Welcome to FMTV, my name is Joe Thomlinson.
Matchday – the most important day of the week. To managers it’s either the best or
worst day of the week, depending on the result. In Football Manager 2018, there are a number
of innovations that make matchdays more immersive and authentic, no matter what the result.
Let’s start with the Match Preview which has been redesigned for this year. You’ll
notice that a lot of the information that was previously present has been more graphical
and greater prominence has been given to information directly relating to the match you’re about
to play. Part of your opposition scouting report has
been brought into the preview too so you can view their strengths and weaknesses just before
you select your team. There’s also a dedicated panel for your team’s fixtures which sits
alongside the league table, league fixtures and media panels that already existed in the
Match Preview. The match flow, the screens you visit before
the match, have changed quite dramatically this year. For a start, you have a tactics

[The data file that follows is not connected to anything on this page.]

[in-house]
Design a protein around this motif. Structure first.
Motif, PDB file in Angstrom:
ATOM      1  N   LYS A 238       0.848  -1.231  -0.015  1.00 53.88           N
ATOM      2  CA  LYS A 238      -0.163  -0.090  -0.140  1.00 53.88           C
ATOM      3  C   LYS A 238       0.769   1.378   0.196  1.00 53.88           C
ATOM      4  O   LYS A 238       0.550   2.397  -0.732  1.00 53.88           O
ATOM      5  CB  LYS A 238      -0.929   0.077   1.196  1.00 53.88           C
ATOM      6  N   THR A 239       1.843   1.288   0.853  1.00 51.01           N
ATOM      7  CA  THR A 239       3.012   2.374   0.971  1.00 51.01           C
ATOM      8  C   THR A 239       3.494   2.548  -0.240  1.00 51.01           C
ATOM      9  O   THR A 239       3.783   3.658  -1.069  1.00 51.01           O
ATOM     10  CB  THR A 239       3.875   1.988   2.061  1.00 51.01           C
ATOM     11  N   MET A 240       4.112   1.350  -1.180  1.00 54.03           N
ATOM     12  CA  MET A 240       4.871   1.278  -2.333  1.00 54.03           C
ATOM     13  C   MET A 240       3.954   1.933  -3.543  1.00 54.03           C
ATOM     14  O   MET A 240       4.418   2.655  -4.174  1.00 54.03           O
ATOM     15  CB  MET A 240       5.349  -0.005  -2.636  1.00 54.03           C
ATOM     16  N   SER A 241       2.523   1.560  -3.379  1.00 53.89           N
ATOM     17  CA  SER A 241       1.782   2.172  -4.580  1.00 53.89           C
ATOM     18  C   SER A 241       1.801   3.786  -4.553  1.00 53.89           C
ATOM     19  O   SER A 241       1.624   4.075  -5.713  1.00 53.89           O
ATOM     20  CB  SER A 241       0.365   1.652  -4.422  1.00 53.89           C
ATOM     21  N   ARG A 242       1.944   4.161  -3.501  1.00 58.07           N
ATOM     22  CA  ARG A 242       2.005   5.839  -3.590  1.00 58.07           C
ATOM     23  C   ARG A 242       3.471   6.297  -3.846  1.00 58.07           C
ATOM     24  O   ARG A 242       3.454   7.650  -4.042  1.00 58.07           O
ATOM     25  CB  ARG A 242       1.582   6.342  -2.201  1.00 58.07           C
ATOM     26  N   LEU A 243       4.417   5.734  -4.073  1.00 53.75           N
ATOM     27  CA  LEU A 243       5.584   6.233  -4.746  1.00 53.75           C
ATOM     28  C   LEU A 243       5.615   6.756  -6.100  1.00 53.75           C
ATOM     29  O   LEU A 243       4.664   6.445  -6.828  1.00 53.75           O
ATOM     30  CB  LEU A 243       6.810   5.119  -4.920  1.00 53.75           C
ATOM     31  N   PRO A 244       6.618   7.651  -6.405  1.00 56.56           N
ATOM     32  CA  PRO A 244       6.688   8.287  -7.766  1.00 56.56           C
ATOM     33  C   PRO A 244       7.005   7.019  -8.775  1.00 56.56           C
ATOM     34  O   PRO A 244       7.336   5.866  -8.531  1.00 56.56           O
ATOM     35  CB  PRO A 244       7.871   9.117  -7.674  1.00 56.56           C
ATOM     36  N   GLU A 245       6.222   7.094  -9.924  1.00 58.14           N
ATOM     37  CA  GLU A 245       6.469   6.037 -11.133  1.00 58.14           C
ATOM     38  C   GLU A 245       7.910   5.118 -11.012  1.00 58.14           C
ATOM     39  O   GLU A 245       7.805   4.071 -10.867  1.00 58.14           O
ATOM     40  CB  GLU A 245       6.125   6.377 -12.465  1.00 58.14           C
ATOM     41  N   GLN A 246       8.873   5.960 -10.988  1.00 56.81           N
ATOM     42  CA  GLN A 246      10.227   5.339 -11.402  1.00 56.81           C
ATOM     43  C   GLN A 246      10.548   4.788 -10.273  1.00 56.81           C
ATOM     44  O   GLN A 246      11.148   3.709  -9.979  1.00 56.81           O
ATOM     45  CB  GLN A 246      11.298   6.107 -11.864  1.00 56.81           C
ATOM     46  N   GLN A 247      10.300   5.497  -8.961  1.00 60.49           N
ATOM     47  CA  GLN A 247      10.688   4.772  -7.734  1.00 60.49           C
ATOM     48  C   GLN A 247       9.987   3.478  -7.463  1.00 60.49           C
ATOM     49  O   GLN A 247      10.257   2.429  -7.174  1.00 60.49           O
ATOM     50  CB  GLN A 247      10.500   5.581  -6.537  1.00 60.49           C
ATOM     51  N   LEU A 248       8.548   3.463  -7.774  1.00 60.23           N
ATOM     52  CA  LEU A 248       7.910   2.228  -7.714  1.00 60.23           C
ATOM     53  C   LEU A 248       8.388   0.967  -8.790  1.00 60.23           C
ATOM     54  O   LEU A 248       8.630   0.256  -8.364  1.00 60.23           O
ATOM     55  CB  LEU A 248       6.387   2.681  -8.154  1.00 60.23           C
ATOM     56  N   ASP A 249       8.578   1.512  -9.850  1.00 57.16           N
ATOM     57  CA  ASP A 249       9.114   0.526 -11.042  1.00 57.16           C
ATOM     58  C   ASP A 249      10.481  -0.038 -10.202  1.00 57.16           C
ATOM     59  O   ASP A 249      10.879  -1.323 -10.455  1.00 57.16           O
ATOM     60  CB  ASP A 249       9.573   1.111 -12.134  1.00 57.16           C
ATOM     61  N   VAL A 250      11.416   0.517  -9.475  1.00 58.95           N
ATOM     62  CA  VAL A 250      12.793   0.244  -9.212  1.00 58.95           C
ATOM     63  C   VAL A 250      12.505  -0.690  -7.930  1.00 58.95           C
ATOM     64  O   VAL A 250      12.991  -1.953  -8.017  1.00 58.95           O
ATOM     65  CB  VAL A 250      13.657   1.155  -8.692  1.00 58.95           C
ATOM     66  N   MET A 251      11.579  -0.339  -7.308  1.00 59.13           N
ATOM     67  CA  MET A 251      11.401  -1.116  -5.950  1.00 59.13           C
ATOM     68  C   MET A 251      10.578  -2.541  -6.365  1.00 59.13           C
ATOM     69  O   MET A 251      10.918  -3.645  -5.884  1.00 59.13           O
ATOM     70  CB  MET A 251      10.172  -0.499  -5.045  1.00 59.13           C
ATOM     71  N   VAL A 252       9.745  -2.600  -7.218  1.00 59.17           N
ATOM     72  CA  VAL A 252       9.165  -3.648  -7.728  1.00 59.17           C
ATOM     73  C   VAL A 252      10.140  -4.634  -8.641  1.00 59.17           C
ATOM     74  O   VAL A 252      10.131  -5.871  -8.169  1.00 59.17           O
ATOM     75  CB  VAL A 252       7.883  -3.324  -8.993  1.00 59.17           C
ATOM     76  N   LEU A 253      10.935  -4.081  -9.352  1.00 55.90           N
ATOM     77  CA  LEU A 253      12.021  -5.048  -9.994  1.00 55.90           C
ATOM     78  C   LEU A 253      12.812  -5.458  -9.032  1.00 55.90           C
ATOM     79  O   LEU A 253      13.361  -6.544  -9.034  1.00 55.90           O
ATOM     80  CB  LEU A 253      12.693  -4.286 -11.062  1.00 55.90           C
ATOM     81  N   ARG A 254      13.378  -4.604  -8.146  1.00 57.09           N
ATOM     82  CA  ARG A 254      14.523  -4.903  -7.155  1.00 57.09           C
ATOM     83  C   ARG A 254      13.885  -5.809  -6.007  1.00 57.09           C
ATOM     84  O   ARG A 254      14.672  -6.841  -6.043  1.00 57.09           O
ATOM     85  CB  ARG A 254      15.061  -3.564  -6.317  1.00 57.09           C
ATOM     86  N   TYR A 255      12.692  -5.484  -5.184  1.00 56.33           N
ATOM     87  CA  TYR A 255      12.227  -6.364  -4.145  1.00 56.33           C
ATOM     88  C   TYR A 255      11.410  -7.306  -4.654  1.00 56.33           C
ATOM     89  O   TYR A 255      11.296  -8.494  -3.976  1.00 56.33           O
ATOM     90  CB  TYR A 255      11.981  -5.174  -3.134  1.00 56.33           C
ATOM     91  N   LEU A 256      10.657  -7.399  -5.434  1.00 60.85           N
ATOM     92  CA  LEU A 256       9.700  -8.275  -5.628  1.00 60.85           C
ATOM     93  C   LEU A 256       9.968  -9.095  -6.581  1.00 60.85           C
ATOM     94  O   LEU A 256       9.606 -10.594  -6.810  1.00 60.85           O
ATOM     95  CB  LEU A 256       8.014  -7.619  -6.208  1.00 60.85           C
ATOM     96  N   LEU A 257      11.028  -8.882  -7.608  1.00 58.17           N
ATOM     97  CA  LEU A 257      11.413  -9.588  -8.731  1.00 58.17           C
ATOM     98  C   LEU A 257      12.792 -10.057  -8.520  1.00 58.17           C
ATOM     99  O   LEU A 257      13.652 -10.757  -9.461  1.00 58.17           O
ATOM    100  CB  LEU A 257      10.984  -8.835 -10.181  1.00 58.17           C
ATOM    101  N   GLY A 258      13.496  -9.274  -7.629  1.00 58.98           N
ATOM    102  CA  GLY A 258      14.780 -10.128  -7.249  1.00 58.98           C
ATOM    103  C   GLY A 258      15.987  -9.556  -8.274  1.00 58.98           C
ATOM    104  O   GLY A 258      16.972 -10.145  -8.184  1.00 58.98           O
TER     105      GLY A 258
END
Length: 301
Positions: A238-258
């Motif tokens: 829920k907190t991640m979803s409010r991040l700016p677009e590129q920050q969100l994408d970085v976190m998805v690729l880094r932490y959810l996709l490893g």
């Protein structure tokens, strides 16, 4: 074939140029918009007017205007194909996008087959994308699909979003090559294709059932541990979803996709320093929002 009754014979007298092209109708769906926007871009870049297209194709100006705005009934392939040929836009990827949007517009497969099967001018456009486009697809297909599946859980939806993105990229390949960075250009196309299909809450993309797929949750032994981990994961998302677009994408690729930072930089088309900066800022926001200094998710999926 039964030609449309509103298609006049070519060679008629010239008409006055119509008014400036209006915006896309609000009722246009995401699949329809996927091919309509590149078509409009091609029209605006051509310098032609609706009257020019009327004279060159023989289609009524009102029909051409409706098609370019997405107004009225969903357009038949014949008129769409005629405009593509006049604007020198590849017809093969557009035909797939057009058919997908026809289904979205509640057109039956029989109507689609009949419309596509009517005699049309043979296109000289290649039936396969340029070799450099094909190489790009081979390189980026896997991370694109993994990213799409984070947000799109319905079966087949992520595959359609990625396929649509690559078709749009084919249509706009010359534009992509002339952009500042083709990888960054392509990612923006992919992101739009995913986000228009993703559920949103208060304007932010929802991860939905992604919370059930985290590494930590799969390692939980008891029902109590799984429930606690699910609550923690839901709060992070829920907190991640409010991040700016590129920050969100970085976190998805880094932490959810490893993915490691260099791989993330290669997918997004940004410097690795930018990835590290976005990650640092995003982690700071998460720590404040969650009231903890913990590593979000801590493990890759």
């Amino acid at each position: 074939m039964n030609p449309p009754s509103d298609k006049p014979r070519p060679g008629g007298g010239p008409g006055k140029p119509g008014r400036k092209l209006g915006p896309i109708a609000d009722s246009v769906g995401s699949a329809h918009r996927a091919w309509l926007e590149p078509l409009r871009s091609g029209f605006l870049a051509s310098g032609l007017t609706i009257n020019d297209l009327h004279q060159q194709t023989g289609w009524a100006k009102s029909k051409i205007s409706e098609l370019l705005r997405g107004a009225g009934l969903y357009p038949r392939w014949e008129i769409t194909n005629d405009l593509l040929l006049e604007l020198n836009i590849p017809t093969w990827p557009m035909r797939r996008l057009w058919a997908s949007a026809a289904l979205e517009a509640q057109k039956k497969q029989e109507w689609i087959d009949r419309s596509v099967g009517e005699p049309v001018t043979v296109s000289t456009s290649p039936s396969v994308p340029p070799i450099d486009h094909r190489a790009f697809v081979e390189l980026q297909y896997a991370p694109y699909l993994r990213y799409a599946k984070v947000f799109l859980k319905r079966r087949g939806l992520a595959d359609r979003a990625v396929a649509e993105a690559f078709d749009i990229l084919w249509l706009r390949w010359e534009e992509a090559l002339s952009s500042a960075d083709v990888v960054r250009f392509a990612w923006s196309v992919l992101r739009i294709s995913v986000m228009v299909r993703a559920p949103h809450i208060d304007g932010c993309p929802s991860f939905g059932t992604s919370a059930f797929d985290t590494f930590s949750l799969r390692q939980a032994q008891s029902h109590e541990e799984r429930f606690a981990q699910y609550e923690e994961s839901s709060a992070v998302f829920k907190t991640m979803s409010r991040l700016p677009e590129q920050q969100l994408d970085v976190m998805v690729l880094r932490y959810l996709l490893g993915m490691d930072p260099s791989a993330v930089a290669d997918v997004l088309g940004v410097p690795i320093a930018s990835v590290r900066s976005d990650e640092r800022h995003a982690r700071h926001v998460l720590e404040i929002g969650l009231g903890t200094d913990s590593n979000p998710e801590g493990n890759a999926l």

meeting which may happen the evening before the game, or may happen on the day of the
match itself, depending on the level you are playing at.
But once you’re into match day, this has changed too. With the new graphics engine
in place which we’ll talk more about later, it’s given us more possibilities to show
what we call “cut scenes”. These could be players warming up in different ways, different
stadium shots, and some secrets we’ll let you discover for yourself!
Once your team for the match is confirmed and the team sheets are handed in, you’ll
see animated team sheets for each side before the match so you can familiarise yourself
with the opposition line-up ahead of kick-off, alongside some useful commentary from the
pundits on what their thoughts are on the match ahead.
Next, you’re taken to the dressing room to conduct your team-talk; this is now done
in a more intuitive way than the previous system. The tone system has been retained
but there are more contextual team-talk options than before that often integrate statistics
and data into what you tell the players before kick-off.
Once you’ve talked to the team you’re presented with a summary of the squad’s
reaction to your comments. You can then speak directly to the different areas of your squad,
defenders for example, and deliver a secondary message to them. You can also choose to talk
to individual players. Their response is displayed underneath the overall squad’s reaction.
For those of you who prefer to let your assistant do the talking, the option exists to hand
the team-talk over to your assistant. During half-time and full-time team-talks,